Tax season is stressful, especially if you’re an entrepreneur. The hassle of gathering data, preparing reports and submitting forms on time — all of which get in the way of day-to-day operations — can be overwhelming, to say the least.
One of my clients experienced every entrepreneur’s dream: exceedingly fast growth. He was elated — he’d spent many, many hours maneuvering the brand around industry potholes and market-wide issues. But he found his success came with a price: Because he hadn’t adequately prepared for such a robust year in terms of taxes, it was almost as if he hadn’t made any money at all. It was a financial nightmare.
As you go about gathering your information and calculating how much you owe Uncle Sam, here are a few common SMB tax mistakes to avoid:
1. Writing off all your startup expenses at once.
If you’re launching a new business, you’re probably tracking every penny you spend in order to write it all off at the end of the year. Before you get too excited at the thought of all those tax savings, though, think about the limitations the IRS has set for initial startup costs deductions.
According to the IRS Publication 535 (chapters 7 and 8, if you’re looking for the specifics), you can only deduct up to $5,000 in the first year. Everything beyond that must be amortized over a 180-month period of time.
Although you can’t skirt IRS rules, you can maximize your deductions. Write off the full $5,000 if at all possible, and ask your accountant to help you spread out the rest.
2. Failing to keep good records.
When there are customers waiting, it can be tough to make time to record every bill, paycheck, receipt or invoice that crosses your desk. But if you don’t have proof of your expenses, you won’t have proof of the deductions you deserve.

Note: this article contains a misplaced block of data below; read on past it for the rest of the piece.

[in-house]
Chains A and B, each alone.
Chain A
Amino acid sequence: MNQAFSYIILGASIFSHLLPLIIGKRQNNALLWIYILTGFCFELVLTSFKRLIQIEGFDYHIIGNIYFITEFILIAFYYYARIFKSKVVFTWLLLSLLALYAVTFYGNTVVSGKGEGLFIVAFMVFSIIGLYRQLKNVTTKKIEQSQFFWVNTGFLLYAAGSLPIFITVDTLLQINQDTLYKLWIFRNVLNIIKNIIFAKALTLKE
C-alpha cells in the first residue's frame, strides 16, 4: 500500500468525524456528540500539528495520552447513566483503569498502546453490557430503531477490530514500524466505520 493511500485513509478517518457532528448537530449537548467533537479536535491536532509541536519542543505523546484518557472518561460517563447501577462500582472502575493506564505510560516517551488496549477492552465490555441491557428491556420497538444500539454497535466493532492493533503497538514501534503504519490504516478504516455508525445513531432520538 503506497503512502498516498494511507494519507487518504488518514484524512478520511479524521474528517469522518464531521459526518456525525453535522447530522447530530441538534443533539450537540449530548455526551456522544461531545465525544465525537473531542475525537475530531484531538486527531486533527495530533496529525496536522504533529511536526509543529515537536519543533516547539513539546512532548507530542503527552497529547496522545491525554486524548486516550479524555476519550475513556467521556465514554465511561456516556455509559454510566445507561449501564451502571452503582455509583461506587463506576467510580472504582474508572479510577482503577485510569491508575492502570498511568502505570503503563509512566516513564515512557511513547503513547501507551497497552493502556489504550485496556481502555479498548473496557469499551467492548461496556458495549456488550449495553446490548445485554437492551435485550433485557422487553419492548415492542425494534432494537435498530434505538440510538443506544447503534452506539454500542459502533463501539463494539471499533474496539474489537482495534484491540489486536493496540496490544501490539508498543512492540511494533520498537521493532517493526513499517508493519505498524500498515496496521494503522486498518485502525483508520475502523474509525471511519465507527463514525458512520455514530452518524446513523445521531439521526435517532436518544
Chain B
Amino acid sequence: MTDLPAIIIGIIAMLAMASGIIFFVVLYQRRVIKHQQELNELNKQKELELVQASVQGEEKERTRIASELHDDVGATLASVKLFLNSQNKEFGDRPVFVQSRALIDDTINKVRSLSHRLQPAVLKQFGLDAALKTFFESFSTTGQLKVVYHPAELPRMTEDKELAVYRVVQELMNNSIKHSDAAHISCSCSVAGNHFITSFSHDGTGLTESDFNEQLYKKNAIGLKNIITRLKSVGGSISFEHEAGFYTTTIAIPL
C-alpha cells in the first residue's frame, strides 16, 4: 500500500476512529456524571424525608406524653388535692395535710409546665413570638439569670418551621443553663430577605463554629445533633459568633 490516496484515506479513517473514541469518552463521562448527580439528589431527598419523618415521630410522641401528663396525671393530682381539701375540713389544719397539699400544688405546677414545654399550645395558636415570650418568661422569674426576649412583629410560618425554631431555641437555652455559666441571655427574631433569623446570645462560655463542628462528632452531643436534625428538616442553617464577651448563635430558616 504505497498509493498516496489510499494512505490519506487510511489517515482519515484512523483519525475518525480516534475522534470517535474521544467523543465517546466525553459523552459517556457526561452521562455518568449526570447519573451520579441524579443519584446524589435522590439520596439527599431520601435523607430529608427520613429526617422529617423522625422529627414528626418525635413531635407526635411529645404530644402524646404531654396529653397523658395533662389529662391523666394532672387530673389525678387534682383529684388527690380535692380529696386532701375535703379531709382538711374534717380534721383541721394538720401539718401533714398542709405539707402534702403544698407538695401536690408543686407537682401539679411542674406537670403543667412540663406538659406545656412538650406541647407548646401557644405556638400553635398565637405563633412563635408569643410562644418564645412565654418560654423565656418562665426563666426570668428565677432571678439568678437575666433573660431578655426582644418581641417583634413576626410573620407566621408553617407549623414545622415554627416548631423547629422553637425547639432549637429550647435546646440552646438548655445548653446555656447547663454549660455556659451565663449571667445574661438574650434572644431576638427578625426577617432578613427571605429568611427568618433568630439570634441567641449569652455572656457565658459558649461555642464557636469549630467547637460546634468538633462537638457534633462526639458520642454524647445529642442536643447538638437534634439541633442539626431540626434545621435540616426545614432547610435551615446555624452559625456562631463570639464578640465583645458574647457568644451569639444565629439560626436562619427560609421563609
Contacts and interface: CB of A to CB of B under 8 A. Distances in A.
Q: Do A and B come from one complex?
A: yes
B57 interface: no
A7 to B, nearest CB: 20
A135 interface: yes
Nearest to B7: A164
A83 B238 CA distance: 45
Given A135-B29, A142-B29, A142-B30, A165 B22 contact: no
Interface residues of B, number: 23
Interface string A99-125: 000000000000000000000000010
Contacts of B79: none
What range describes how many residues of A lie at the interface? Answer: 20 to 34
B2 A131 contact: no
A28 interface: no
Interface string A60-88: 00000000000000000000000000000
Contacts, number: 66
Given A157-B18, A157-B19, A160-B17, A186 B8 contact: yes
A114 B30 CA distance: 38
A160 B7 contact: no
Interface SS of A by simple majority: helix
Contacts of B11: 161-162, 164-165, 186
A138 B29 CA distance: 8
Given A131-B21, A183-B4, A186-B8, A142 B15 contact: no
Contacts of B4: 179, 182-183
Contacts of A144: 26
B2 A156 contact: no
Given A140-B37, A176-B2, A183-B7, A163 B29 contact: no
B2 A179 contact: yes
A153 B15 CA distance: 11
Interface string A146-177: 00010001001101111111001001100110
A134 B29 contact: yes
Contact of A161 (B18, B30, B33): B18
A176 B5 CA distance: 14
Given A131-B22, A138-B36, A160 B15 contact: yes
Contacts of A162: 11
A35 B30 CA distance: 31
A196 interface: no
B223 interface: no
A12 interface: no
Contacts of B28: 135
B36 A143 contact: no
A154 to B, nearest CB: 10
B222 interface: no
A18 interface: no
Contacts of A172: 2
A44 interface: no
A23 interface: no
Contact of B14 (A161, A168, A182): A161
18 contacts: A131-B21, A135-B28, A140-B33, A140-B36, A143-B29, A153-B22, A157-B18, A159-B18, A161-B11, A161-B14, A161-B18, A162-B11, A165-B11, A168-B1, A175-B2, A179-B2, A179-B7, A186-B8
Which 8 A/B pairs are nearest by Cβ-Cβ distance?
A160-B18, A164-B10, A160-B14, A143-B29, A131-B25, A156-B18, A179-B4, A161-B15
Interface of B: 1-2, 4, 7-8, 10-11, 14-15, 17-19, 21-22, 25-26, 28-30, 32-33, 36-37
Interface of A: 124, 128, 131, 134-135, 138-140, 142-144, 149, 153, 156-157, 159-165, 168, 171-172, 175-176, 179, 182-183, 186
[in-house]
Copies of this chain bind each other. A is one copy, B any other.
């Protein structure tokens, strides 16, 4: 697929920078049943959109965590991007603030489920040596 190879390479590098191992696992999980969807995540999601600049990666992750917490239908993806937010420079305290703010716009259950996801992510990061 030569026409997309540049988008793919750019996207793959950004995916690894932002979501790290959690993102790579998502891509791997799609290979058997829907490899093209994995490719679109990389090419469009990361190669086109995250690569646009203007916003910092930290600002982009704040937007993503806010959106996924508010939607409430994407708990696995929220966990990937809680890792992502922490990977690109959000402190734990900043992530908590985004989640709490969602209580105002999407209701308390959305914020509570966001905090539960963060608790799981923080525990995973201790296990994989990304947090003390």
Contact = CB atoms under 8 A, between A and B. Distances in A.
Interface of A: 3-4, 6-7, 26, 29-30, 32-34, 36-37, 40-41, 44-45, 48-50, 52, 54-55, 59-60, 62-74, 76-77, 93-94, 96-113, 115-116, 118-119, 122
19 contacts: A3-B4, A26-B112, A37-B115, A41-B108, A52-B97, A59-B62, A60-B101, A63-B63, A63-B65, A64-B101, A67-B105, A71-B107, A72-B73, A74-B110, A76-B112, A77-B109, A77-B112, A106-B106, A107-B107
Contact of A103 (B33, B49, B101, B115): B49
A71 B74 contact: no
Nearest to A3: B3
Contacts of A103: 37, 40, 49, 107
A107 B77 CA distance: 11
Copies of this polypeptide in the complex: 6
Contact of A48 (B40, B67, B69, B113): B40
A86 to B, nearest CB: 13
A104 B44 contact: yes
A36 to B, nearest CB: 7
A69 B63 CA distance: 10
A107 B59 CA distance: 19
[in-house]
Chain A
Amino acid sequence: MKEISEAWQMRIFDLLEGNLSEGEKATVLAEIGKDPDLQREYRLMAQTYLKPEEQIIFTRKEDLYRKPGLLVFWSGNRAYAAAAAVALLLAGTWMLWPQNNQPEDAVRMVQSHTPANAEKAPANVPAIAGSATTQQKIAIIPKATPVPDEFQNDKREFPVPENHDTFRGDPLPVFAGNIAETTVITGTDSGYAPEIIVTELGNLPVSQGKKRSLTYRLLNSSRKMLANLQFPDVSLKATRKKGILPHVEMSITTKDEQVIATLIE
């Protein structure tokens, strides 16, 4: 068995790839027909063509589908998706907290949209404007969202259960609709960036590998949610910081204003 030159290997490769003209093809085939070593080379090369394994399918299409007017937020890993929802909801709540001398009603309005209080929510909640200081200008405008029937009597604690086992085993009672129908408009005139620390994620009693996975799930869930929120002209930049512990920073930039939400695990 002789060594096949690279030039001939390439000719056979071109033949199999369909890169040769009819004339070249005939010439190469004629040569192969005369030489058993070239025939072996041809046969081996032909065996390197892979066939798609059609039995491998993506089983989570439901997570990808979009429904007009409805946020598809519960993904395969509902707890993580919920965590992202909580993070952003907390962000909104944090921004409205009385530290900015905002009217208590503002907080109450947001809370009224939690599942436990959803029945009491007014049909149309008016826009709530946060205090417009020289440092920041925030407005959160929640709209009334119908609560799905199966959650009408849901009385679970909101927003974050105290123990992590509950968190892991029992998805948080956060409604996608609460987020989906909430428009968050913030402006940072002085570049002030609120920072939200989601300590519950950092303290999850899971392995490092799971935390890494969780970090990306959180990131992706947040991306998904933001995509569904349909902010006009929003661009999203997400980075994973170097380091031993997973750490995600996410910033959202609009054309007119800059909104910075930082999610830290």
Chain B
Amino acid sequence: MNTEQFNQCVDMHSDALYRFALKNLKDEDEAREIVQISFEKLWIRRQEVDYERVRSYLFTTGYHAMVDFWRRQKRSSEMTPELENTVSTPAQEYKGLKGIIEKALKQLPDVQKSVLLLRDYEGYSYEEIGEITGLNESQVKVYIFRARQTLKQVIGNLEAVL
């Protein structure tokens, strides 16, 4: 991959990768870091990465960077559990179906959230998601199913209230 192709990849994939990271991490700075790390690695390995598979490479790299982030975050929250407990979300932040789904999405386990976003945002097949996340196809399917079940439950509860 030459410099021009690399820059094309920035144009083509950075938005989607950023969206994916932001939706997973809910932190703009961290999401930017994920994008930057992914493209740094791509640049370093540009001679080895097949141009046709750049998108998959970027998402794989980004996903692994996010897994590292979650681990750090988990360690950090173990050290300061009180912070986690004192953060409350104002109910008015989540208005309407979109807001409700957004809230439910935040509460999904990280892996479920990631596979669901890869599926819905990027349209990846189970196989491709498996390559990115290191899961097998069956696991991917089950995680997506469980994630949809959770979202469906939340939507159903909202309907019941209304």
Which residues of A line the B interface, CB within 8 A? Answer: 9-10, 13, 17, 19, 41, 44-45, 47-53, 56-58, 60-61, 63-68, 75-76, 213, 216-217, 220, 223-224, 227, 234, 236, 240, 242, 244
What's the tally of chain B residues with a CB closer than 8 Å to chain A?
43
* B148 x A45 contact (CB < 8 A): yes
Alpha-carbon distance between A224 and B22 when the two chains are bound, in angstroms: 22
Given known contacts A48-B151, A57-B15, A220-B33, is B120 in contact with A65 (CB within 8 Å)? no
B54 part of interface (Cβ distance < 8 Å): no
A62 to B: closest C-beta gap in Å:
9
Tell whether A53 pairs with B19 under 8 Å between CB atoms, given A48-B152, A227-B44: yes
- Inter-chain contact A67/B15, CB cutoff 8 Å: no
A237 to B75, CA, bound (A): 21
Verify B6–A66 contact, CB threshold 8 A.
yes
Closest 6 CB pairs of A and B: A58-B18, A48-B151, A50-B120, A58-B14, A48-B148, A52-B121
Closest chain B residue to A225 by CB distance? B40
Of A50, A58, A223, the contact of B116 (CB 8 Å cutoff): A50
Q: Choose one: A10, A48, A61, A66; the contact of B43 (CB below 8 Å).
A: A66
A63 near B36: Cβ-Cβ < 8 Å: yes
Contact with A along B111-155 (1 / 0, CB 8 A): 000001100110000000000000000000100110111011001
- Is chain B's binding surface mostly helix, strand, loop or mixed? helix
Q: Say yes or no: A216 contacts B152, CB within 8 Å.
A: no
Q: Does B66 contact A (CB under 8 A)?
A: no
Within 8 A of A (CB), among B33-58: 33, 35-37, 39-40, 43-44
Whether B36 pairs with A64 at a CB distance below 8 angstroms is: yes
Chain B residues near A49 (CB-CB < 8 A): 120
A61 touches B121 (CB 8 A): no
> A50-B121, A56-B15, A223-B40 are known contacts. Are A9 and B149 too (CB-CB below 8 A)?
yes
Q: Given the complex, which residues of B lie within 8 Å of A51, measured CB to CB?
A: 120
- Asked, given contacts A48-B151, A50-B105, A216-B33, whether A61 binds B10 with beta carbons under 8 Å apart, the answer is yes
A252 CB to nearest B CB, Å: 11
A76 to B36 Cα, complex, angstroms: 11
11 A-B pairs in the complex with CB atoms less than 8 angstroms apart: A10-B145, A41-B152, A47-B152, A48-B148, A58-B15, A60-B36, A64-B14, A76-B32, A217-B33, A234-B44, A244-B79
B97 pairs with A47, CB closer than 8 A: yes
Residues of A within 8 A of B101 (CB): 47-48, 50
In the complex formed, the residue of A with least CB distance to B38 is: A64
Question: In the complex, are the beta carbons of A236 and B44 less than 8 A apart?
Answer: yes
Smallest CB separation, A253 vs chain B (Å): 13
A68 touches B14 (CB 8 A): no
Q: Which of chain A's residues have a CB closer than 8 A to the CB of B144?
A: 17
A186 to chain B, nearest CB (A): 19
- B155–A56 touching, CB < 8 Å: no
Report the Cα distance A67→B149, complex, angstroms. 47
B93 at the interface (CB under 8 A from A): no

Be proactive: Use a digital accounting tool to help you and your staff keep track. Look for one that can auto-fill expenses from images you upload and store your data in the cloud, where it can’t be lost when that old desktop you’re using finally dies. I started using the receipt capture in my accounting system this year and love the ease of use to keep up with business receipts.
One particularly important expense to get right? Payroll, which is the single largest expense many entrepreneurs face. According to research by payroll and HR platform OnPay, just 25% of small business owners feel confident they deduct and submit payroll taxes accurately. When in doubt, ask an accountant — and don’t wait until tax time to do it.
3. Abusing tax forms.
Just because you can use a form to help your tax situation doesn’t mean you should. For instance, you can file Form 5213 to ask that the IRS delay its decision as to whether a hobby-level business should be treated as a traditional for-profit company.
Although Form 5213 can buy you a five-year buffer of time during which you don’t have to worry about being audited, it isn’t a “get out of jail free” card. Often at the end of the period, the IRS will review the account — including a backward glance to see how you operated over the tax hiatus.
Especially if your business is trying to make ends meet, it can be tempting to use tax forms to your advantage rather than for their intended purpose. But if you want your company to last, you have to keep the long game in mind.
4. Bending (or outright breaking) deduction rules.
The concept of deductions can be intoxicating. But before you start writing off everything in sight, it’s important to take the time to understand deduction rules apart from the obvious startup limitations outlined above.
For instance, while meals and entertainment related to work can be written off, only 50 percent of the expenses can actually be deducted. Mileage deductions are another common area of confusion: While the general rate stood at $.58 per mile in 2019, there were exceptions to that rule. Only 20 cents could be deducted per mile if you were using an automobile for certain medical care or as part of a move that was otherwise deductible. The maximum deduction for the year couldn’t exceed $50,400, including all trucks and vans.
Don’t bank on a certain deduction or tax maneuver to keep you in the black, and don’t wait until March to review your records. Be prepared, be thorough and be honest if you want tax season to go smoothly — and your future growth protected.
Published on: Jan 29, 2020
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